A dear friend to the Guernsey islanders and the mother of four-year-old Kit McKenna. Although Elizabeth is not physically on the island during the present-day action of the novel and does not directly communicate with Juliet like the other characters, she still functions as the protagonist of the islanders' stories about the German occupation. She has been missing since being deported from Guernsey as punishment for helping a Polish slave worker, and word eventually reaches the islanders that she was killed later at a concentration camp.
Even so, Elizabeth's character is a major force throughout the novel. Juliet quickly learns that almost every islander held some relation to her, most often as a close friend. Much like Juliet herself, Elizabeth had an exceedingly personable nature and could easily earn the trust of practically anyone through her kindness. Islanders consistently tell Juliet stories of how Elizabeth had once done them a favor or offered warm encouragement in a difficult time. Even against the dark backdrop of World War II, Elizabeth retains a positive disposition and searches for the fun in life. Also like Juliet, she was spontaneous and rash at times — some of Elizabeth's decisions were certainly not supported by everyone. Many islanders could not help but disapprove of her audacious decision to become romantically involved with a German. Whatever her actions, Elizabeth always followed her heart and embraced the outcome.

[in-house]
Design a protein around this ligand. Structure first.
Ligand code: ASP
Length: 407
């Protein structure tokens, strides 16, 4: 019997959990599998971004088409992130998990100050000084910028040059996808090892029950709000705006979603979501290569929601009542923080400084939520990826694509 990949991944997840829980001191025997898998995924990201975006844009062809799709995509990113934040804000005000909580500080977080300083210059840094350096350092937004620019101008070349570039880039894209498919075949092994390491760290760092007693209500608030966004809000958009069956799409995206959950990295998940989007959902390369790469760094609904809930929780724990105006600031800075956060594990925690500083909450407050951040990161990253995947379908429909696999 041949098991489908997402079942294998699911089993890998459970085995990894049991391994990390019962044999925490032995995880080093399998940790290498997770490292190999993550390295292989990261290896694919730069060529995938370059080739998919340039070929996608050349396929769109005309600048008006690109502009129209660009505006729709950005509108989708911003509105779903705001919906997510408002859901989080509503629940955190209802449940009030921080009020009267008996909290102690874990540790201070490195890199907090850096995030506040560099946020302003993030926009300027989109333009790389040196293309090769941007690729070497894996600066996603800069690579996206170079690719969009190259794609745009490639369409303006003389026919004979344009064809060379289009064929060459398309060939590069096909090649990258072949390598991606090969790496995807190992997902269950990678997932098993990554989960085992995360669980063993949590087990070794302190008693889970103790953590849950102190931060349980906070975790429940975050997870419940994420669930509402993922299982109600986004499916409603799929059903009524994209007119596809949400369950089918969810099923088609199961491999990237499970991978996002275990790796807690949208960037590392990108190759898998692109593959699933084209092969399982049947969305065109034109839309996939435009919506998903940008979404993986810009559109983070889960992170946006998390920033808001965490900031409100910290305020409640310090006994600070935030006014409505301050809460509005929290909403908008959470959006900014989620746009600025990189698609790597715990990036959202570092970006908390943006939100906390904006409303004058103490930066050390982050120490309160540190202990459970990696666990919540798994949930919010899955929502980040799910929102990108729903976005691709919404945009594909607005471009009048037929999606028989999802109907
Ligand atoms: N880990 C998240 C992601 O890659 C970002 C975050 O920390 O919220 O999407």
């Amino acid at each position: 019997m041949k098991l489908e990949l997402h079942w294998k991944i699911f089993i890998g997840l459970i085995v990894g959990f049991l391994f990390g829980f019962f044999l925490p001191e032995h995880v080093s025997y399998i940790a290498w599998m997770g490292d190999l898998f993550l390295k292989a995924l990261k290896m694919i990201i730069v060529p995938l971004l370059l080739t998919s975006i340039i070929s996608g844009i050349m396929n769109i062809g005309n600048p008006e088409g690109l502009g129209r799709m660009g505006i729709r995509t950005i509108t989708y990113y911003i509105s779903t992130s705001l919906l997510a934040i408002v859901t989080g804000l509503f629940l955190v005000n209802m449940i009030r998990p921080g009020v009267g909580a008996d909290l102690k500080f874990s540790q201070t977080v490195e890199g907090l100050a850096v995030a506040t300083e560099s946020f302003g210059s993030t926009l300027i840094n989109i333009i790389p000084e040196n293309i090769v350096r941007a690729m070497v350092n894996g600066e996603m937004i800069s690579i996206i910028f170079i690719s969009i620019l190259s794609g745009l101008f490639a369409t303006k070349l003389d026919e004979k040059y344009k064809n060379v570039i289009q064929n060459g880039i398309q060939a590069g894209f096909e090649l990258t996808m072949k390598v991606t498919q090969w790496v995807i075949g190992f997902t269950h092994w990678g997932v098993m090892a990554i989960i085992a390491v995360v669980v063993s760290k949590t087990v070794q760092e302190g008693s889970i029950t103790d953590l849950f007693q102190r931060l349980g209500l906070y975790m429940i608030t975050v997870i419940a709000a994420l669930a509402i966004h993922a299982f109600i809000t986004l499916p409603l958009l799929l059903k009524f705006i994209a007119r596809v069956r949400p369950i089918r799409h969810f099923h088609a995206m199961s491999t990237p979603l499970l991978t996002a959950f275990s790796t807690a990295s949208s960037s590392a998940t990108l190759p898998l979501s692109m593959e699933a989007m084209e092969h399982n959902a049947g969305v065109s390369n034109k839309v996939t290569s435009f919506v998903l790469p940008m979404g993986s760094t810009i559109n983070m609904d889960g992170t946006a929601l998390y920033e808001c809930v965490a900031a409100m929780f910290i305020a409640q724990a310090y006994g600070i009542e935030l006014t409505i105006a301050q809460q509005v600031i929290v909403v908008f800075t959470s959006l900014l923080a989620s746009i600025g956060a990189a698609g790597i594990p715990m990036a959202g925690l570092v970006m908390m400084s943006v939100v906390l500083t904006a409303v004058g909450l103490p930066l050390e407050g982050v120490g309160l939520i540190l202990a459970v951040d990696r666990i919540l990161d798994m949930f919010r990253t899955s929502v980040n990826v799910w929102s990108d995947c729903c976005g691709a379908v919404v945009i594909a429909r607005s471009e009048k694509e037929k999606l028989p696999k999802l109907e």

Elizabeth can be accredited for the Guernsey Literary and Potato Peel Pie Society's very existence. Her quick wit and thinking led to a support network that would bring the islanders together during the horrors of the German occupation. Elizabeth's strength and spirit while still living on Guernsey — and even in her memory after death — is the central thread that unites the close knit group of islanders that Juliet comes to know and love.